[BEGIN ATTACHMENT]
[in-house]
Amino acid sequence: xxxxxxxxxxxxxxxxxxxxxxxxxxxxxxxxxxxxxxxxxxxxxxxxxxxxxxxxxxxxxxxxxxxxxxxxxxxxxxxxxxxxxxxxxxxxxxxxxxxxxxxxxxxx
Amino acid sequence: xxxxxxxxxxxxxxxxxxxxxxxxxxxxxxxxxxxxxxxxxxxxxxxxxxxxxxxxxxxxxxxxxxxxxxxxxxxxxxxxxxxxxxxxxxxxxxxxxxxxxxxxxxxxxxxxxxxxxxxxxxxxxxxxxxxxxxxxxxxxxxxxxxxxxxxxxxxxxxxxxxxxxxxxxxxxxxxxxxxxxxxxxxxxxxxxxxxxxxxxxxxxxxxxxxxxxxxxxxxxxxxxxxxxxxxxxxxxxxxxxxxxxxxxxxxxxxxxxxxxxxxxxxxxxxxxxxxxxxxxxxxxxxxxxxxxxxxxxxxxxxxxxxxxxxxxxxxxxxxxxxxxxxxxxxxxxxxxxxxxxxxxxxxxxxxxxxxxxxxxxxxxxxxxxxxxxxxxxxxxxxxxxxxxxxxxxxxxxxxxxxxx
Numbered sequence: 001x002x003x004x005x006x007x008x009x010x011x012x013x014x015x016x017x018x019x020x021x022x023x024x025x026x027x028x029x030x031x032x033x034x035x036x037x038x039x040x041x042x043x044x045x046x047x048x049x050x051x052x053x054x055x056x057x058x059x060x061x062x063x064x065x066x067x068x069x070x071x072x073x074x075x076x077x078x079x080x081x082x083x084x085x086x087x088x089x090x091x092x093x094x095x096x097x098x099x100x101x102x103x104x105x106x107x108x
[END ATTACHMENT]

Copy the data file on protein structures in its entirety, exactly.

[in-house]
Amino acid sequence: xxxxxxxxxxxxxxxxxxxxxxxxxxxxxxxxxxxxxxxxxxxxxxxxxxxxxxxxxxxxxxxxxxxxxxxxxxxxxxxxxxxxxxxxxxxxxxxxxxxxxxxxxxxx
Amino acid sequence: xxxxxxxxxxxxxxxxxxxxxxxxxxxxxxxxxxxxxxxxxxxxxxxxxxxxxxxxxxxxxxxxxxxxxxxxxxxxxxxxxxxxxxxxxxxxxxxxxxxxxxxxxxxxxxxxxxxxxxxxxxxxxxxxxxxxxxxxxxxxxxxxxxxxxxxxxxxxxxxxxxxxxxxxxxxxxxxxxxxxxxxxxxxxxxxxxxxxxxxxxxxxxxxxxxxxxxxxxxxxxxxxxxxxxxxxxxxxxxxxxxxxxxxxxxxxxxxxxxxxxxxxxxxxxxxxxxxxxxxxxxxxxxxxxxxxxxxxxxxxxxxxxxxxxxxxxxxxxxxxxxxxxxxxxxxxxxxxxxxxxxxxxxxxxxxxxxxxxxxxxxxxxxxxxxxxxxxxxxxxxxxxxxxxxxxxxxxxxxxxxxxx
Numbered sequence: 001x002x003x004x005x006x007x008x009x010x011x012x013x014x015x016x017x018x019x020x021x022x023x024x025x026x027x028x029x030x031x032x033x034x035x036x037x038x039x040x041x042x043x044x045x046x047x048x049x050x051x052x053x054x055x056x057x058x059x060x061x062x063x064x065x066x067x068x069x070x071x072x073x074x075x076x077x078x079x080x081x082x083x084x085x086x087x088x089x090x091x092x093x094x095x096x097x098x099x100x101x102x103x104x105x106x107x108x